Statement by Speaker D. James Walding to
the Manitoba Legislative Assembly, April 30, 1985.
Background: From time to time serious
comments regarding the institution of the speakership are made by committees,
journalists, academics and other students of parliament. It is particularly
important when Speakers still in office reflect upon the nature of the duties
they are asked to fulfil.
D. James Walding (Manitoba). During the past
three years I have been at the centre of the decision-making process of the
Legislature of Manitoba. I have conducted much research and investigation into
the procedures of the parliamentary system in general, and the Office of the
Speaker in particular. A great deal of information is available and I am
grateful to the procedural experts who have given so freely of their wisdom and
Having served on both sides of the
Legislature for over ten years, and for the past three years as Speaker, there
is a responsibility on my part to bring certain recommendations to the
attention of the Legislature.
The elected representatives of the people of
Manitoba meet in the Legislature to discuss the business of our province. To
ensure that this public business is conducted fairly, and that the voters of
all the elected representatives of the people throughout the province are
heard, it is necessary for the Legislature to recognize the role of the Speaker
in guaranteeing the fairness of the daily proceedings.
The Speaker is the one Member of the
Legislature chosen by the Assembly to serve as the referee of the daily
discussion of important matters by all the elected Members of the Legislature.
Although elected on an equal basis with every other Member of the Manitoba
Legislature, the person designated as the Speaker is asked by all the Members
of the Legislature to serve as the referee of their discussions.
The more a Speaker strives for a position of
impartiality, the more he becomes separated from the constituency and the Party
which endorsed him in the previous election.
There is an inherent unfairness in the
Legislature which places one of its Members, and one only, in the position of
being expected to support the initiatives of the Government of the Day while at
the same time being required to act with fairness and impartiality.
Suggestions have been made to me both
implicitly and explicitly that a Speaker's political allegiance should
supersede the requirement for impartiality and this has been the cause of
The expectation of partiality and
impartiality at the same time is clearly impossible, and has caused me
considerable personal distress.
A second point which must be made concerns
the issue of unequal representation in the Manitoba Legislature. The Speaker is
the only MLA who cannot take part in any of the debates in the Legislature,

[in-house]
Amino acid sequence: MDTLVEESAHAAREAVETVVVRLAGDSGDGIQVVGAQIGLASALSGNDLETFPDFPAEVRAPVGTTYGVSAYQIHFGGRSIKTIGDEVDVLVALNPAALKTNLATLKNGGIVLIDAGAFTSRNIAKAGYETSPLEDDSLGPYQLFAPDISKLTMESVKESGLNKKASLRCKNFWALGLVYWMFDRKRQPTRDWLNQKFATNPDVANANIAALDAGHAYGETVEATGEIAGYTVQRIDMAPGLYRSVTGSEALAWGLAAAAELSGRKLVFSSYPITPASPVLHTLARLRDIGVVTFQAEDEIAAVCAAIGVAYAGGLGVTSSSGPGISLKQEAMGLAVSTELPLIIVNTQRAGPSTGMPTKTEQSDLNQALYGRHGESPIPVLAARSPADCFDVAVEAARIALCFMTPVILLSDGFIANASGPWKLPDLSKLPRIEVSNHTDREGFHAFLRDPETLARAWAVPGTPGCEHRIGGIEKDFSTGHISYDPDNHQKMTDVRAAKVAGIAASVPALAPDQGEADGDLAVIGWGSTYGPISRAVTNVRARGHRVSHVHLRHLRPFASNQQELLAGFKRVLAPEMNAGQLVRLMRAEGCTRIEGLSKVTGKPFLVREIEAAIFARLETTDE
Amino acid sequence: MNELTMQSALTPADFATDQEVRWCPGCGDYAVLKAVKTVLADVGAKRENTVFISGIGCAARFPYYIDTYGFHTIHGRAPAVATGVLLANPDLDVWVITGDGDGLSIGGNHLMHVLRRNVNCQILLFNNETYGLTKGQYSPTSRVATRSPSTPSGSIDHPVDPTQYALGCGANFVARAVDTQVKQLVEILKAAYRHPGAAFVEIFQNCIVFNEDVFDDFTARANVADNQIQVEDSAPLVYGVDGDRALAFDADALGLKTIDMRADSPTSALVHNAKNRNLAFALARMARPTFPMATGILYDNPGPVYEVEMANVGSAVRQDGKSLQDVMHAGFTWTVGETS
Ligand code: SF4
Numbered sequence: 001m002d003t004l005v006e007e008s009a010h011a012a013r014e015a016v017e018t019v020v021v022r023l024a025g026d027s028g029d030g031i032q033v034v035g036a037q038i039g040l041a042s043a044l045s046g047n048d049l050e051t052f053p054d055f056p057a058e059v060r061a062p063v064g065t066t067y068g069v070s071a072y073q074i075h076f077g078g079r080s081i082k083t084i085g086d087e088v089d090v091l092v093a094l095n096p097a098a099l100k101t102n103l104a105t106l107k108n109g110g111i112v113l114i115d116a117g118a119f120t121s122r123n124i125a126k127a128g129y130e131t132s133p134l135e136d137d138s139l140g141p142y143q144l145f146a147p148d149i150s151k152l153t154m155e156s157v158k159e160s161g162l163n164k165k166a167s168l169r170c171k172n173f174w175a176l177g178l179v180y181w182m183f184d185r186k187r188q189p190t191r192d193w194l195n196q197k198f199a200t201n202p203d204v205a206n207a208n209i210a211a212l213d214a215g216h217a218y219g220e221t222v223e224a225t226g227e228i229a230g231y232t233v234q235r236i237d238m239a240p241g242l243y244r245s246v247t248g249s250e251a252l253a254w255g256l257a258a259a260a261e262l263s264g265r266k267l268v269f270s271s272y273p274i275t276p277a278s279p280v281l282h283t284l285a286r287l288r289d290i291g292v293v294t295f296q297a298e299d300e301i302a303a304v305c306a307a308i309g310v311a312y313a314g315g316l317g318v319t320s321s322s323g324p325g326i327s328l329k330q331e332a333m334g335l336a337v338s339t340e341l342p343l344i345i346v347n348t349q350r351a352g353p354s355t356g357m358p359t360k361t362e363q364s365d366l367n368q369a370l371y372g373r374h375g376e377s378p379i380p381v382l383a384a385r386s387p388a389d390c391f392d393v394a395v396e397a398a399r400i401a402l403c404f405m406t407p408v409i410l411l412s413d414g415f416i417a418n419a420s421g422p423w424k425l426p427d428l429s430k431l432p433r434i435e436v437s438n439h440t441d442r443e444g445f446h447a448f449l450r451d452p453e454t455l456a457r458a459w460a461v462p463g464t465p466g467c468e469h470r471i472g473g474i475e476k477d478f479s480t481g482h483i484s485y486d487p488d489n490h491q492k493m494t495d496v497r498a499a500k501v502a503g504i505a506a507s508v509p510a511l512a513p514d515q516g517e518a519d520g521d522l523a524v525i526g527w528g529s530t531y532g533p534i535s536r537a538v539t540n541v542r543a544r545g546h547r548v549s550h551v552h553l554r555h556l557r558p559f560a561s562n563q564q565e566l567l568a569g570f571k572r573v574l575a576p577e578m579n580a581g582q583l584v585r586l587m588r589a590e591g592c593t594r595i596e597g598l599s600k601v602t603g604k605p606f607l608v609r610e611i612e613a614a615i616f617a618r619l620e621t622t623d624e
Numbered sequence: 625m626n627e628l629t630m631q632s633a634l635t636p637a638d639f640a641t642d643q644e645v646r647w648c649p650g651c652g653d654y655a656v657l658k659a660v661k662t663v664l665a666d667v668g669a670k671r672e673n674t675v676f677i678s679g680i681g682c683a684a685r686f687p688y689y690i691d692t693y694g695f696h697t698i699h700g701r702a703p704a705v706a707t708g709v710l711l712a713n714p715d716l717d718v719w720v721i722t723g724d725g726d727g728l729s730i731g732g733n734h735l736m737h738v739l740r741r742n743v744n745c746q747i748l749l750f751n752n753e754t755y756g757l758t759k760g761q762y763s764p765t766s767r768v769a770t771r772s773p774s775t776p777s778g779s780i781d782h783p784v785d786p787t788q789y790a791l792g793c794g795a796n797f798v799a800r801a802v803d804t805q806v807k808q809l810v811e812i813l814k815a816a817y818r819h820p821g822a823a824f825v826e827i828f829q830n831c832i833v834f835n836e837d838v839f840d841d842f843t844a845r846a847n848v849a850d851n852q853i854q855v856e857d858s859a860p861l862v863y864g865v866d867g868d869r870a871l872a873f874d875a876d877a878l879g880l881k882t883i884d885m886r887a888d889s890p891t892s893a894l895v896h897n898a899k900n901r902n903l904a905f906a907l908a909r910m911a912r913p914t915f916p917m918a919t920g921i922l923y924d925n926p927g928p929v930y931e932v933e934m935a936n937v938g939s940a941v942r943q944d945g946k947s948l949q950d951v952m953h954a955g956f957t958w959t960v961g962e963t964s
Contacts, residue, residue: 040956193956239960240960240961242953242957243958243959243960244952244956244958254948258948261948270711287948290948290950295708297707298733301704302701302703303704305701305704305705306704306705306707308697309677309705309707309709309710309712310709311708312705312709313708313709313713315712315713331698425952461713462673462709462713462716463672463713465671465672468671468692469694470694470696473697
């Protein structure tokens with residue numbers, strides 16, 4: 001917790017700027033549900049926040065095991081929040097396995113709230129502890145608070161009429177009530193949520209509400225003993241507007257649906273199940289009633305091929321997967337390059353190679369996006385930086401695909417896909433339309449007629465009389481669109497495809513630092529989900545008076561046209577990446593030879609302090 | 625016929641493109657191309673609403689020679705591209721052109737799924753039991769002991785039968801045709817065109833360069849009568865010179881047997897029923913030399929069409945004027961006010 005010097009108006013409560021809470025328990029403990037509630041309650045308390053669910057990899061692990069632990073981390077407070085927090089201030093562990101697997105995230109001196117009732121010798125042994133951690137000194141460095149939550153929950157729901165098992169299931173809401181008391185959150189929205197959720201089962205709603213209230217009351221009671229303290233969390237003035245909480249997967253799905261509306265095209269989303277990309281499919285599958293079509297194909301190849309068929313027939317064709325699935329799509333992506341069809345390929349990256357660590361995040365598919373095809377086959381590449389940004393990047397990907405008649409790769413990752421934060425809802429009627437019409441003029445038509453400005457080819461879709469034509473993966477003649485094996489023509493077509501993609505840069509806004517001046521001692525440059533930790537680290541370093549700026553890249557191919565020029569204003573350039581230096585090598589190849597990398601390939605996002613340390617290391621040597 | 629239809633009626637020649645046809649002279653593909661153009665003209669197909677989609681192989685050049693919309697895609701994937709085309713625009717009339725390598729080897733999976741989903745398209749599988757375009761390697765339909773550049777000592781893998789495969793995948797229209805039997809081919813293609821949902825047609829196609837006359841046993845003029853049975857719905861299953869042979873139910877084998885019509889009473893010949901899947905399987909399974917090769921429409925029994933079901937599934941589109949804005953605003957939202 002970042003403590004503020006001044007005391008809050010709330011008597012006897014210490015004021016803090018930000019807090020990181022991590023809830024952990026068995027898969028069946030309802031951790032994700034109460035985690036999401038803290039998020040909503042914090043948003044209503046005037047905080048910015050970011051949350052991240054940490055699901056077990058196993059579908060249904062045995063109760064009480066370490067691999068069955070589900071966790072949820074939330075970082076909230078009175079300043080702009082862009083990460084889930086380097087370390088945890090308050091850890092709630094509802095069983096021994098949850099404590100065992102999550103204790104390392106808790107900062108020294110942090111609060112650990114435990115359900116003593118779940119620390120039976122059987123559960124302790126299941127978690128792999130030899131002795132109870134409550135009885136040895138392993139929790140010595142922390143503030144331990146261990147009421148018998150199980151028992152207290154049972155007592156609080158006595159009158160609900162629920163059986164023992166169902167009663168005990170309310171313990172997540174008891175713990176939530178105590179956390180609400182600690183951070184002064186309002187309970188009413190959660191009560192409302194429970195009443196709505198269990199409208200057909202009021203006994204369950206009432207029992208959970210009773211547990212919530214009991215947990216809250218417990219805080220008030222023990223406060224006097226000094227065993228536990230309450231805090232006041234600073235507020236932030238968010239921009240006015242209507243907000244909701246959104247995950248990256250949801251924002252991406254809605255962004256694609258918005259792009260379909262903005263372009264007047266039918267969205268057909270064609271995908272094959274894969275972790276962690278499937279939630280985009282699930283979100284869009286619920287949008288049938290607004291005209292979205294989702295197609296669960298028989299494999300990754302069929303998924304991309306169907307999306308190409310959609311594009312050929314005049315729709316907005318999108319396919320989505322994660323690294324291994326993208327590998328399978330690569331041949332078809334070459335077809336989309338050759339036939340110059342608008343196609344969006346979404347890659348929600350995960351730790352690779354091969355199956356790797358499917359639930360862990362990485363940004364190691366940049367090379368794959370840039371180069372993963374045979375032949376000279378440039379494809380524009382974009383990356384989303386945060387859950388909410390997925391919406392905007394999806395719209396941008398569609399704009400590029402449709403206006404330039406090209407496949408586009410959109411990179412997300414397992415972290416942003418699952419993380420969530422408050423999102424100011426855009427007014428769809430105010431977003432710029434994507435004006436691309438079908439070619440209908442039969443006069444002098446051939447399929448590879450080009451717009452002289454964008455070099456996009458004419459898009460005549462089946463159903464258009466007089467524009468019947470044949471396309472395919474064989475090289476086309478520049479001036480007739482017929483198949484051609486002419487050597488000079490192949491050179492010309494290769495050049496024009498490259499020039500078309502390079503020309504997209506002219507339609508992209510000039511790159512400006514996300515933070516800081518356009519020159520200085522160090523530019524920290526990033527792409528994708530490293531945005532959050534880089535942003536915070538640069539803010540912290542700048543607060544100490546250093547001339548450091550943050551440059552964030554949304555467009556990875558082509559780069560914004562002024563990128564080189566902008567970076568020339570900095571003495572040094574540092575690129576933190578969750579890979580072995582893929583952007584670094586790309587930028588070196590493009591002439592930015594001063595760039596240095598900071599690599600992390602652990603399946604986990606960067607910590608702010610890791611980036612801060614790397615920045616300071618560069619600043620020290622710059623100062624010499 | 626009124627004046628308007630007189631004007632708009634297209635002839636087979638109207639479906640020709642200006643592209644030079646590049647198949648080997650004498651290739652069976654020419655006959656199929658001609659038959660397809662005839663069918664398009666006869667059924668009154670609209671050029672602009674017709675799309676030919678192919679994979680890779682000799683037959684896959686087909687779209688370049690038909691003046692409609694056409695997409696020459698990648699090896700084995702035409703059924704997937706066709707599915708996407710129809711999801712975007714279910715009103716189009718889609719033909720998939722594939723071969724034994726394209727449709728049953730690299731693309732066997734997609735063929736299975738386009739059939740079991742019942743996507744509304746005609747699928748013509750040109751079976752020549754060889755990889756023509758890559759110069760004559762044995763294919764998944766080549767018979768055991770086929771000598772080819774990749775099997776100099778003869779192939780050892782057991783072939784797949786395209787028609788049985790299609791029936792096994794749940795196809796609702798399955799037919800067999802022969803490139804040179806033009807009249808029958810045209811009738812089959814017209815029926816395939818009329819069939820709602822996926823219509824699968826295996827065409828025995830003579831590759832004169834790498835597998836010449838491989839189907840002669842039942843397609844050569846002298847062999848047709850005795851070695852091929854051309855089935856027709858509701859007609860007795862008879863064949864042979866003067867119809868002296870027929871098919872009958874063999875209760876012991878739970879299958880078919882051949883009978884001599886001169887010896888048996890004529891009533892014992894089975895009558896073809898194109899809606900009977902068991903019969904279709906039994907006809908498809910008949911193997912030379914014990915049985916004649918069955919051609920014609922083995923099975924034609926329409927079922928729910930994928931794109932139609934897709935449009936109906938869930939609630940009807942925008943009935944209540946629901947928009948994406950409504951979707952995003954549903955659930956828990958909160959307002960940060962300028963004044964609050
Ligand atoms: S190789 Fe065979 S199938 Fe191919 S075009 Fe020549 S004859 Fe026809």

does not vote except in the case of a tied vote, and cannot publicly discuss
any grievance for any of his Constituents. Voters in one constituency,
represented by the Speaker, therefore do not enjoy the same rights as do
residents in the other 56 constituencies of the province.
Surely a democratic system which gives all
voters the equal chance to freely choose their representative should also
permit equal representation on the floor of the House.
I recently conducted a survey in St. Vital,
my constituency, which makes it clear that the people of St. Vital are very
aware of their unequal representation in the House and there is an overwhelming
perception that it is a liability to live in the Speaker's constituency.
The principle of the continuity of the
Speakership has been endorsed by successive Prime Ministers since our first Prime
Minister, John A. Macdonald.
In 1967 the Manitoba Legislature approved a
Resolution, introduced by a former Premier, with all-Party support, favouring
the principle of continuity of the Speakership.
Members might be interested to know that Mr.
Stanley Knowles introduced a Bill in 1971 in the House of Commons proposing a
solution to the continuing difficulty of the role of the Speaker. Mr. Knowles
called for the setting up of a special constituency for the Speaker.
While certain disadvantages exist with this
proposal they are less than the disadvantages of the present situation.
The same situation exists in all other
provinces and the House of Commons, and although other Speakers are keenly
aware of the problem, each Legislature has thus far been reluctant to make
This Assembly has attained a commendable
level of political maturity and has demonstrated a willingness to institute
Manitoba has an enviable record of
leadership in enacting statutes and programmes which have been followed by
other provinces. It should not be beyond the ability of the Legislature to
implement changes in the evolving development of our parliamentary process,
even on a trial basis.
The widespread public interest in
parliamentary reform combined with the recently proclaimed equality provisions
of the Constitution, provide a particularly opportune time to introduce an
equality provision into the Legislative Assembly of Manitoba
Accordingly, I intend to meet with the
leaders of the major political parties to discuss solutions to this
longstanding problem and to propose specific remedies.
I will report developments regarding this
matter of importance to all Manitobans.